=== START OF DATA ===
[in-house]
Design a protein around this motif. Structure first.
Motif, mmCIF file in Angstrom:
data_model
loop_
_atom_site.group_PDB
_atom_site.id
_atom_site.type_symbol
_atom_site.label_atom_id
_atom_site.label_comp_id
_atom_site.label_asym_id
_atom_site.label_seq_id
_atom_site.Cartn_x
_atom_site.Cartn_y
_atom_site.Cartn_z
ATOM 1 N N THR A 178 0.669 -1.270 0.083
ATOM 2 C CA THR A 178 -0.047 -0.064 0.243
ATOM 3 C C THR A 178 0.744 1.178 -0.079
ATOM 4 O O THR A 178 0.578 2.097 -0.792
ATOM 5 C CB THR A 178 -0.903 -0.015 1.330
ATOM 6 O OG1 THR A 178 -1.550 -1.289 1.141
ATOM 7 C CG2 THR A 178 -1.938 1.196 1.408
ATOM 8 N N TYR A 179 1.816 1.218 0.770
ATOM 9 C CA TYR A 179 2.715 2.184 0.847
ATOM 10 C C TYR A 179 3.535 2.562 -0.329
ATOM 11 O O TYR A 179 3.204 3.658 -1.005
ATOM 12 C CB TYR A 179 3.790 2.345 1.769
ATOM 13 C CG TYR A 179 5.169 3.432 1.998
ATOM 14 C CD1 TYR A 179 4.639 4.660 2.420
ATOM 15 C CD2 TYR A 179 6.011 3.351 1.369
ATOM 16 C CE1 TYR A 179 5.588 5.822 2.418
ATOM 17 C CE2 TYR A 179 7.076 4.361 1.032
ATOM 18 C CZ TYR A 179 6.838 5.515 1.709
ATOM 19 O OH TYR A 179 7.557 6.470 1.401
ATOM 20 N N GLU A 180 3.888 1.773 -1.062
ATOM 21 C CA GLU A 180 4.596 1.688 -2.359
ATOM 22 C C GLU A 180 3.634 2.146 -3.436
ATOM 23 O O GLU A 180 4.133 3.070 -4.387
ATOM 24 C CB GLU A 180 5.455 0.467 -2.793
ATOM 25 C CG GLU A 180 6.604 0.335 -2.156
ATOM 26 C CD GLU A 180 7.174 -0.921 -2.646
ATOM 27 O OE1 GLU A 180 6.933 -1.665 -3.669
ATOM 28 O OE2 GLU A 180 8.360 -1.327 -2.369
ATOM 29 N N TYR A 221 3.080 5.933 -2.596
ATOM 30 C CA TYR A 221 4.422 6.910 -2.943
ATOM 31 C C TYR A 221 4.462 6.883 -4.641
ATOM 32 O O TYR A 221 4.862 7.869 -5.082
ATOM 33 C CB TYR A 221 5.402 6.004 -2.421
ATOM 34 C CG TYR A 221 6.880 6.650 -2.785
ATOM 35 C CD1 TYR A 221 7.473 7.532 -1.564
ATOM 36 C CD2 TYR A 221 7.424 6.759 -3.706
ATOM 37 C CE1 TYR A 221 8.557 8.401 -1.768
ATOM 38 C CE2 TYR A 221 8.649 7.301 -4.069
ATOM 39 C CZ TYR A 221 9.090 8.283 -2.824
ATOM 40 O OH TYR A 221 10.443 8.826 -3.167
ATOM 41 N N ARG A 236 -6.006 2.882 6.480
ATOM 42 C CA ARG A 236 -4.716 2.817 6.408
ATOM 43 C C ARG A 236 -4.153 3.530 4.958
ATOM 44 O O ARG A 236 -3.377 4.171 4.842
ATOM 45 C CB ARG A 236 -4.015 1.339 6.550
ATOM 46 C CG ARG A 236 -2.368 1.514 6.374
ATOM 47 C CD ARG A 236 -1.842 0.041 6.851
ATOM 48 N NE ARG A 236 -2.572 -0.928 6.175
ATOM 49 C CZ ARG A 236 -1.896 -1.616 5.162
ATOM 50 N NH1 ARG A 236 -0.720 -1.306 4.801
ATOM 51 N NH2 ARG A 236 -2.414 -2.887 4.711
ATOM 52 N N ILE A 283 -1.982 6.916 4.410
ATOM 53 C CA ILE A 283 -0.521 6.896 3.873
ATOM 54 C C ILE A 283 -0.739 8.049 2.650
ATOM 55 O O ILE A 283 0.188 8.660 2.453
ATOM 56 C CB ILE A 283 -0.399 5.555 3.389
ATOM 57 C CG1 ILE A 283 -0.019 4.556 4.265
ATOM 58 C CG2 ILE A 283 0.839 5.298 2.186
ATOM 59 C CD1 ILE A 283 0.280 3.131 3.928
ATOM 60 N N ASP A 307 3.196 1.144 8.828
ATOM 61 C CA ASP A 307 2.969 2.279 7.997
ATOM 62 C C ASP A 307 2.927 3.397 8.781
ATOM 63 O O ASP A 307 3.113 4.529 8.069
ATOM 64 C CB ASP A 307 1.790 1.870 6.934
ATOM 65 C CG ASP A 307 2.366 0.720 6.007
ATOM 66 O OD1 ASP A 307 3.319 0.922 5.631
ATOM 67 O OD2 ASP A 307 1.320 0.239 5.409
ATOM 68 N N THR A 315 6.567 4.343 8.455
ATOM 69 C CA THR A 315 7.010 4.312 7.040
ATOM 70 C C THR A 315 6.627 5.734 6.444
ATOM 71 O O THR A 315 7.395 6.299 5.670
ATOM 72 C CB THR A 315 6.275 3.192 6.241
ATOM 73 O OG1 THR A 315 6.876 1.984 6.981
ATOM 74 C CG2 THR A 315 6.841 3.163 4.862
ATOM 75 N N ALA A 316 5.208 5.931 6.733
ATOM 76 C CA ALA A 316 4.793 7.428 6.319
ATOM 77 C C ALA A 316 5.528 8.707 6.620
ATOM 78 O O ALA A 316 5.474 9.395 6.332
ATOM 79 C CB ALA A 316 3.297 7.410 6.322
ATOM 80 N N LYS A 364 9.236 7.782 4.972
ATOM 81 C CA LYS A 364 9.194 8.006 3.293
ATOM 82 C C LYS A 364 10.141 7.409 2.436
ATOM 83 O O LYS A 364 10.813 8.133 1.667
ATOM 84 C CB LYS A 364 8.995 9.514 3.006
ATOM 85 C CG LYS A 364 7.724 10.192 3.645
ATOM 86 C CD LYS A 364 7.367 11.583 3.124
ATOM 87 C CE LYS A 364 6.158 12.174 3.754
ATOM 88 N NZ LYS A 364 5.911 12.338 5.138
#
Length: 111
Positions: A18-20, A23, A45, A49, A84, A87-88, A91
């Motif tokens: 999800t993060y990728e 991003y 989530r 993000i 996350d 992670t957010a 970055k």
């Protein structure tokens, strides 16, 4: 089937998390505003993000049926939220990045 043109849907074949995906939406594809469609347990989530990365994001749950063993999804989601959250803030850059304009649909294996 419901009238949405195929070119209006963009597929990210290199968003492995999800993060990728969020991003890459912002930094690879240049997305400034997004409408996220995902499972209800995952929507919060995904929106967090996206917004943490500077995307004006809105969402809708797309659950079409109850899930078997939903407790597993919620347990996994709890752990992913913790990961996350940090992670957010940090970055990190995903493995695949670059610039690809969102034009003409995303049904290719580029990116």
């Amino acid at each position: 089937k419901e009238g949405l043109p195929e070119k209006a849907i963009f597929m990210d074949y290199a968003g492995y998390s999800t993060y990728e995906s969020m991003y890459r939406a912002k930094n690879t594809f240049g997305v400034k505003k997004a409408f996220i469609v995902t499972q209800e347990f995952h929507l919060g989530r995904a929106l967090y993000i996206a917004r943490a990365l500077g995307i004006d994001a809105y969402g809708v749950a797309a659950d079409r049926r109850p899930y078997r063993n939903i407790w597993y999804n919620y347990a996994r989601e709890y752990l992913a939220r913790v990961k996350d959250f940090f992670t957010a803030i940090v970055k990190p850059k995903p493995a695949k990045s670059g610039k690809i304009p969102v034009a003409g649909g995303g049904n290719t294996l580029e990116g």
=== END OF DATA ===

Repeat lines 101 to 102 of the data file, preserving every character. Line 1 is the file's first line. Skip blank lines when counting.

ATOM 86 C CD LYS A 364 7.367 11.583 3.124
ATOM 87 C CE LYS A 364 6.158 12.174 3.754